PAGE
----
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Putin Says To G7 - "Come Back To Moscow, We Never Left You"
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Putin Says To G7 – “Come Back To Moscow, We Never Left You”

Putin Says To G7 - "Come Back To Moscow, We Never Left You"
Image Donkey Hotey

Russian President Vladimir Putin told the world today that the Russian Federation never left the G8, it was the G7 that refused to come to Moscow. He welcomed the Western leaders back to Russia and said he would be happy to host them.

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“As for Russia’s return to the G7, or G8: we did not leave it. Our counterparts refused to go to Russia for well-known reasons. However, we will be glad to see everyone in Moscow,” Putin said, reported Russian state media TASS.

The Russian leader went on to characterize his favored eastern economic blocs where Russia participates.

While commenting on a remark comparing the effectiveness of the G7 and the Shanghai Cooperation Organization (SCO), Putin agreed that as far as purchasing power parity went, SCO member states had left G7 countries behind. “If we take per capita numbers, the G7 countries are richer but the economy in SCO countries is larger,” Putin said, adding that “the population numbers are also much bigger [in the SCO] – half of the world’s population,” wrote TASS.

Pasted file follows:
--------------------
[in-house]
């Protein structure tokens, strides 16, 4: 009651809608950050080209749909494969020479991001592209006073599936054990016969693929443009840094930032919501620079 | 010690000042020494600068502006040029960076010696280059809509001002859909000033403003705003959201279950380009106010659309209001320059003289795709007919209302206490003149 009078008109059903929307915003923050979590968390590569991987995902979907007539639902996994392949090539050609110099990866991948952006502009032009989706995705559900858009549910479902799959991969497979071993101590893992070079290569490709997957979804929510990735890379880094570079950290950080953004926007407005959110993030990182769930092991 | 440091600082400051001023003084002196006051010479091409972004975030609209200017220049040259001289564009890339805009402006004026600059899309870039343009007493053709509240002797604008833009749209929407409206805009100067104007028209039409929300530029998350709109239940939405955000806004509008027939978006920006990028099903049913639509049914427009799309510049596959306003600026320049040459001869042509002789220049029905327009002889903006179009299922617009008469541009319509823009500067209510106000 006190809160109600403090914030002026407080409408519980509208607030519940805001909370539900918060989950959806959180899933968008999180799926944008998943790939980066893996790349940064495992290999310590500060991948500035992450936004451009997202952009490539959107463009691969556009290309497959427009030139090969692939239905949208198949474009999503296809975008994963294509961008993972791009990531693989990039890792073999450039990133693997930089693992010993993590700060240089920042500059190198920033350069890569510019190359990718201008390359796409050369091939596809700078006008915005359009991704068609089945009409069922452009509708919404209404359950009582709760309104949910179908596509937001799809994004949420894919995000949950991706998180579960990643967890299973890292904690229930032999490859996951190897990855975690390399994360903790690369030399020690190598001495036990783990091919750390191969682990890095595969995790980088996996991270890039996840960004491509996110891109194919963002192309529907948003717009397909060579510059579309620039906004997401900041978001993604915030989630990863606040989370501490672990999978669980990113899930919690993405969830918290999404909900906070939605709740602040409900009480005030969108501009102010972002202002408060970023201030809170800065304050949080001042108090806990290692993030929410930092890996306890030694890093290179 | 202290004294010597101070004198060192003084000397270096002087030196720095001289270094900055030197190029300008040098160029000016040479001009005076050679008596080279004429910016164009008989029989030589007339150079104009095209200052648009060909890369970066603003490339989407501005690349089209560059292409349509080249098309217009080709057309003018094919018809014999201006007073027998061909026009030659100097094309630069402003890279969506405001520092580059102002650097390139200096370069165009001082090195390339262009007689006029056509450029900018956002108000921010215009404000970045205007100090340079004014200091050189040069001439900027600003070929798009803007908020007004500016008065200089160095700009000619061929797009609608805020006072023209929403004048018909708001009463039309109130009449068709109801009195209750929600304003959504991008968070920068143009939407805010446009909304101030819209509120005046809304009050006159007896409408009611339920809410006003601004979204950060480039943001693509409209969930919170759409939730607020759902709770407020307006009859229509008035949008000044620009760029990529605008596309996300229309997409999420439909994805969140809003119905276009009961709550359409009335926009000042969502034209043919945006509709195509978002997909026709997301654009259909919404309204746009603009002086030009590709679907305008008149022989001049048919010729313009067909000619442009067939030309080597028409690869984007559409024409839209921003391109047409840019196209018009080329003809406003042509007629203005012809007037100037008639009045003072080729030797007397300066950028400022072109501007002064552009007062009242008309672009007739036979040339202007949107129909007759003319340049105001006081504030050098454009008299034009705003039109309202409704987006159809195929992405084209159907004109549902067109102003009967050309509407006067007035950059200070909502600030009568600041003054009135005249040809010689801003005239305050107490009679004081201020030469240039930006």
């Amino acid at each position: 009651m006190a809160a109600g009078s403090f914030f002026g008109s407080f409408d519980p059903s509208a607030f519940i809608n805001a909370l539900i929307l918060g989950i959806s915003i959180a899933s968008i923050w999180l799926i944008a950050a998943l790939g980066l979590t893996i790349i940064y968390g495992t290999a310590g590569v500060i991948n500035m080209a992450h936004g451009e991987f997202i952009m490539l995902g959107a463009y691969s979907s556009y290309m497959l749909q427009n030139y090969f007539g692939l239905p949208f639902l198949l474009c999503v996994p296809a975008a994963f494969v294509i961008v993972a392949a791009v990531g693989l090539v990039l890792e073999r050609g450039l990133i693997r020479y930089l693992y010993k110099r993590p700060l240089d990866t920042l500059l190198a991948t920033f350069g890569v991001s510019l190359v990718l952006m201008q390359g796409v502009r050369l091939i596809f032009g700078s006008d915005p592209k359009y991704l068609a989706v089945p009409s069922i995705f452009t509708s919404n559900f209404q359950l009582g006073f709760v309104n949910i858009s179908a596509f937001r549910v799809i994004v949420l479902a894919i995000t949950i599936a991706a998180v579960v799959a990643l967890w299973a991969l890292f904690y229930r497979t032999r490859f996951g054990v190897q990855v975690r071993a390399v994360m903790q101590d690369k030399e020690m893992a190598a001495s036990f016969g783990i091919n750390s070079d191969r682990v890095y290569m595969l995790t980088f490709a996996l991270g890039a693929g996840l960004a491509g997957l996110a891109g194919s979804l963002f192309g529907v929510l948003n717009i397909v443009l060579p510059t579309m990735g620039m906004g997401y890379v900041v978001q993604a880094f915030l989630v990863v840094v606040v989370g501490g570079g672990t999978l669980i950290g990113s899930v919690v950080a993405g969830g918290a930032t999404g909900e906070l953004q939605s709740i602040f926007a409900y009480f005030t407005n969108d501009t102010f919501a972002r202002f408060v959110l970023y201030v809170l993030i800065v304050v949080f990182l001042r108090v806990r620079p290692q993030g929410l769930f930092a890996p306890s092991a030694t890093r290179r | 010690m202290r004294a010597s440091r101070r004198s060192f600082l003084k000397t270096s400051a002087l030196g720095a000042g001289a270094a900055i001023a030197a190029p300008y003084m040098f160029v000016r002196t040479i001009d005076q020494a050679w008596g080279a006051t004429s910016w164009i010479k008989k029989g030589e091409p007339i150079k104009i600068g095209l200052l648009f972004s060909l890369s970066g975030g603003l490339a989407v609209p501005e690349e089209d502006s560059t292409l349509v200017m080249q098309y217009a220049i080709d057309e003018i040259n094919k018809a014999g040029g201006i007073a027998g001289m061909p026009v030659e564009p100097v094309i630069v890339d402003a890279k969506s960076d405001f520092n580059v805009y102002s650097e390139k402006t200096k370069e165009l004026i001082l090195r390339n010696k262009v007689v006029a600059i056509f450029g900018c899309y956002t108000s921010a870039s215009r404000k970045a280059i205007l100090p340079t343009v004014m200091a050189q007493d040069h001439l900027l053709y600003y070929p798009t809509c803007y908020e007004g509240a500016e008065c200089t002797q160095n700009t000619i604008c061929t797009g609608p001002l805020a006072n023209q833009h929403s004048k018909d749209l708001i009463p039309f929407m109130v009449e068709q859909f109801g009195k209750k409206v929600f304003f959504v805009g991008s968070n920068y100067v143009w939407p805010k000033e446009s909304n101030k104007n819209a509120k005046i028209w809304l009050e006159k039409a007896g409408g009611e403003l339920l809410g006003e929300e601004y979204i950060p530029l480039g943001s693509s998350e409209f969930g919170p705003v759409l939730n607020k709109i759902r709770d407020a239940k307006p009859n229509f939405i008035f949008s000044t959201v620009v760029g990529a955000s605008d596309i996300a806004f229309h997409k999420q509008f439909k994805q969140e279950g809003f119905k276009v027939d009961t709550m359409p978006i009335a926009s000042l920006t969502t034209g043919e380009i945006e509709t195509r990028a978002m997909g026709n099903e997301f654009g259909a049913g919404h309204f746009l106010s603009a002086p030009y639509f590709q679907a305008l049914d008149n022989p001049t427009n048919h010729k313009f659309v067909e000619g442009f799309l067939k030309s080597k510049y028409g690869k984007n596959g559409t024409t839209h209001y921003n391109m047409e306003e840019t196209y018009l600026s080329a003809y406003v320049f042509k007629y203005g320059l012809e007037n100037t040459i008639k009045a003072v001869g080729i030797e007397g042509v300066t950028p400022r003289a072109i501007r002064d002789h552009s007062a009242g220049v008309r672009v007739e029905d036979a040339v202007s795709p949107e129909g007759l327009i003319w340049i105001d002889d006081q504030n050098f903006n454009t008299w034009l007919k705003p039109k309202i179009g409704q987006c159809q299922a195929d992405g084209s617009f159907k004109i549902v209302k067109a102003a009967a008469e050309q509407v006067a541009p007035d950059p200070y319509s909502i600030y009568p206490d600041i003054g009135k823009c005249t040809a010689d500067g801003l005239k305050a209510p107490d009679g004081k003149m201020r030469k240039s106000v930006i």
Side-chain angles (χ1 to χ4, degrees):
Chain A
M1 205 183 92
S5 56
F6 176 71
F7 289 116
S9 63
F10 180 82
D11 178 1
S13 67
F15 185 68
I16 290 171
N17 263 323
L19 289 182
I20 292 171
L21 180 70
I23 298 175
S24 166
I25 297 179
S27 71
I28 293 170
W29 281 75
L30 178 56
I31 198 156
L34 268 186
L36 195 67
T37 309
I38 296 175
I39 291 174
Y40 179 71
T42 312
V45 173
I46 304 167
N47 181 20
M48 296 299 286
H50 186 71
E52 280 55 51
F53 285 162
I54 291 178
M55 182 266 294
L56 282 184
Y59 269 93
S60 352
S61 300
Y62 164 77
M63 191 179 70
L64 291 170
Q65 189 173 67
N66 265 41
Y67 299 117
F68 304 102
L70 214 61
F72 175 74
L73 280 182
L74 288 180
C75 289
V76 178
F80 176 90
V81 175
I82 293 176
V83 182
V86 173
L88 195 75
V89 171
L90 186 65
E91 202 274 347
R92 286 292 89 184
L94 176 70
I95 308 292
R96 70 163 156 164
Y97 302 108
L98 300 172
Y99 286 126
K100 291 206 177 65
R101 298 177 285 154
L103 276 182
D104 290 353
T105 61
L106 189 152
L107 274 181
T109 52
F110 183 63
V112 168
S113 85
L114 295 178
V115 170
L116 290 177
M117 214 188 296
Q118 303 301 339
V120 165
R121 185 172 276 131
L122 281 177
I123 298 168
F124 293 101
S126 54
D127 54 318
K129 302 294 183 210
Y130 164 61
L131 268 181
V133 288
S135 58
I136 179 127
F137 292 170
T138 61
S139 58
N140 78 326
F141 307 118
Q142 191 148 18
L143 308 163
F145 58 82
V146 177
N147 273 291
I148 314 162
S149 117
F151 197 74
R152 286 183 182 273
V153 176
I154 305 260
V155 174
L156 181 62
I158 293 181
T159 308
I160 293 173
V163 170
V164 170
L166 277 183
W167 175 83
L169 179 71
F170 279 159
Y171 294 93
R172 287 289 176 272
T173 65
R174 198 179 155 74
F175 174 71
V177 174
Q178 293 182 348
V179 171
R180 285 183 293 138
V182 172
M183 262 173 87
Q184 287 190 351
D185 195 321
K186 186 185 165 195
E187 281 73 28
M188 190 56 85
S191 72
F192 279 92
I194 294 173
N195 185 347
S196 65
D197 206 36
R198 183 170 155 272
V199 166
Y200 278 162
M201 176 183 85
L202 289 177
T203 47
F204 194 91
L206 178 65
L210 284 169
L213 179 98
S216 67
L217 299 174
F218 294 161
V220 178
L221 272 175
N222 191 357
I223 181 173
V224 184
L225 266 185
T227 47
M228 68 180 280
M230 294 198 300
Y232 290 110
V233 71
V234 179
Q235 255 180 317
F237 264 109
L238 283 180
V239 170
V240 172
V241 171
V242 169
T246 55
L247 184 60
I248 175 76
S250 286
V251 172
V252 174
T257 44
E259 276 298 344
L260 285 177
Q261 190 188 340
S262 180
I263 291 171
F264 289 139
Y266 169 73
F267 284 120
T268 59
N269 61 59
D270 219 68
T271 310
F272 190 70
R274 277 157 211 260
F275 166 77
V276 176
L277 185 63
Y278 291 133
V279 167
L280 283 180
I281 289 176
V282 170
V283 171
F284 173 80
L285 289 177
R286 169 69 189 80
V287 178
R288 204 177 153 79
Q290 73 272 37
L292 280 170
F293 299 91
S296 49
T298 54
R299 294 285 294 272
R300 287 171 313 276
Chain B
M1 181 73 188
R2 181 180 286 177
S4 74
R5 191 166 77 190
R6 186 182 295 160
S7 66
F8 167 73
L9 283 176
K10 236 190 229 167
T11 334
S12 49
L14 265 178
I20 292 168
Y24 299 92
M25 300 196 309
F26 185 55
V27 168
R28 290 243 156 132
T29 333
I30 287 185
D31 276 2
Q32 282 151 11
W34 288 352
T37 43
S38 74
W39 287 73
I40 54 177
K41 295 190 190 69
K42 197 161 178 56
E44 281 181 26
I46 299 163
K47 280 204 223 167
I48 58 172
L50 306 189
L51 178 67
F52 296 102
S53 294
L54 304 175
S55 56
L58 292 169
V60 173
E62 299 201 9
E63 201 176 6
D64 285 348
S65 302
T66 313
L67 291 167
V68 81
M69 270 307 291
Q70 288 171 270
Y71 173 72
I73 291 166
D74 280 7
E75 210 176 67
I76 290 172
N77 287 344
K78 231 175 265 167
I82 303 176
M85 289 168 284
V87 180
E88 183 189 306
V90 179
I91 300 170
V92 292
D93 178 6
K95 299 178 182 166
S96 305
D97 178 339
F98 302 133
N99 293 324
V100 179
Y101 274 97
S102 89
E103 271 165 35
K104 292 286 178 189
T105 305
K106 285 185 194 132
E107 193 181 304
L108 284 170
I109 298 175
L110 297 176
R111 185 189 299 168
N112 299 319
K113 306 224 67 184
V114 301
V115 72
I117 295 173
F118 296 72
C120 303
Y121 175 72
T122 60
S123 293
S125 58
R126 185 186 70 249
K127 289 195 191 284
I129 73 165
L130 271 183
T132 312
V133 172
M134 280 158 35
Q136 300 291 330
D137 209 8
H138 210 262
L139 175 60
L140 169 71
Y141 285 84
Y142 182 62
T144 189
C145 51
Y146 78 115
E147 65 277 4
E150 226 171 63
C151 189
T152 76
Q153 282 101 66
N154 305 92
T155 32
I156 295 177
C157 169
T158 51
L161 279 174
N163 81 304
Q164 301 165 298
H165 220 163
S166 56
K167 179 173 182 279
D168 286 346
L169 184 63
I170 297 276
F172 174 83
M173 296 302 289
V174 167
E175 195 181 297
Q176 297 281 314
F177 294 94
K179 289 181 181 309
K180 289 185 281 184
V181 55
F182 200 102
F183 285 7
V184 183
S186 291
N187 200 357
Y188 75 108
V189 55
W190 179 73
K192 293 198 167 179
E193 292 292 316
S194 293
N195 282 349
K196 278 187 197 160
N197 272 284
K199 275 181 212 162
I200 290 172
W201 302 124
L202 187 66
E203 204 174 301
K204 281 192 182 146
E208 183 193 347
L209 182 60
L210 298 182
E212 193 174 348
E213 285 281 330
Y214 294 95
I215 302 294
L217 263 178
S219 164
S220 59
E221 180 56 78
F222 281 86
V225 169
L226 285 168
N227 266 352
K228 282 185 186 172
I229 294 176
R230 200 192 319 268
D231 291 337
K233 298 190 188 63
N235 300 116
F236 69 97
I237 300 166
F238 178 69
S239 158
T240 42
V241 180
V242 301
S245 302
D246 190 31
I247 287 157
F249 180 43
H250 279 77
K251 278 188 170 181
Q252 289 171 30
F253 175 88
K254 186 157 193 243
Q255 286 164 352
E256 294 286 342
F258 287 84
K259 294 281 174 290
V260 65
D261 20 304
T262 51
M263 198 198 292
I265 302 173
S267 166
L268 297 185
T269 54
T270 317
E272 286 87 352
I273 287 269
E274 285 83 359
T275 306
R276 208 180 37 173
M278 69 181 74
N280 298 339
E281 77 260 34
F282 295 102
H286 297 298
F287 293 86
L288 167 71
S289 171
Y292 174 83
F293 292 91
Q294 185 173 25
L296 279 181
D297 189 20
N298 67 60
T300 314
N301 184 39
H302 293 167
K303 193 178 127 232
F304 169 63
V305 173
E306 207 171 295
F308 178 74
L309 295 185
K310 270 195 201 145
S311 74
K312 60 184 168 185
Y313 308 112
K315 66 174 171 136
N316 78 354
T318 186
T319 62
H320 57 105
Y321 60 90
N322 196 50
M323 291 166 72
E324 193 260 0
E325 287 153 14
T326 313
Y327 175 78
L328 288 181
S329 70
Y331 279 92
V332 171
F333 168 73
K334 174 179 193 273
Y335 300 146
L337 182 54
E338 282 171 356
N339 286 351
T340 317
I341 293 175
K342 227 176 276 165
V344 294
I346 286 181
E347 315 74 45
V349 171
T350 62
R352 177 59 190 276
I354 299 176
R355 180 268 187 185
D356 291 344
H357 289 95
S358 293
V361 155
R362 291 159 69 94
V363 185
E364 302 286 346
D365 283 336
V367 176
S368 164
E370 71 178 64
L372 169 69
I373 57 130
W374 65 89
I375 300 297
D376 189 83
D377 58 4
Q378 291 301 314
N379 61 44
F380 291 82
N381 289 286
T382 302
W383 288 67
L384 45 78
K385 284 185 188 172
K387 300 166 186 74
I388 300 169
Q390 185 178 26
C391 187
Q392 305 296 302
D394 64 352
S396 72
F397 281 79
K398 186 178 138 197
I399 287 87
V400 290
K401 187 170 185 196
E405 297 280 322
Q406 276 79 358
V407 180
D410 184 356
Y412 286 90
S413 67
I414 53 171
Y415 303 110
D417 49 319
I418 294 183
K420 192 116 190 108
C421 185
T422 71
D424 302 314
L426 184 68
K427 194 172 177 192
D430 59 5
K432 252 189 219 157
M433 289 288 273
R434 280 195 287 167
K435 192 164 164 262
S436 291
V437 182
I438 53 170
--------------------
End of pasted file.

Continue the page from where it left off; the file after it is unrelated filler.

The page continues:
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Putin also spoke about the disagreements within the G7 leadership.

“It is nothing unusual and should be taken calmly, without irony,” he said.

“Things happen,” Putin added. “If we take the EAEU [the Eurasian Economic Community], we also have debates and it is not so that everyone signs everything right away.”

According to Putin, he does not have detailed information about the disagreements that emerged at the recent G7 summit. “It is definitely interesting as it concerns the world’s largest economies,” the Russian president said, adding that “we can see some internal problems there,” wrote TASS.

With crude prices much higher on international markets, and Russia having refocused its economic ties towards China, the Russian economy is now slowing growing. However, it’s fortunes remain tied to hydrocarbons and systemic corruption is still a major problem with no end in sight.

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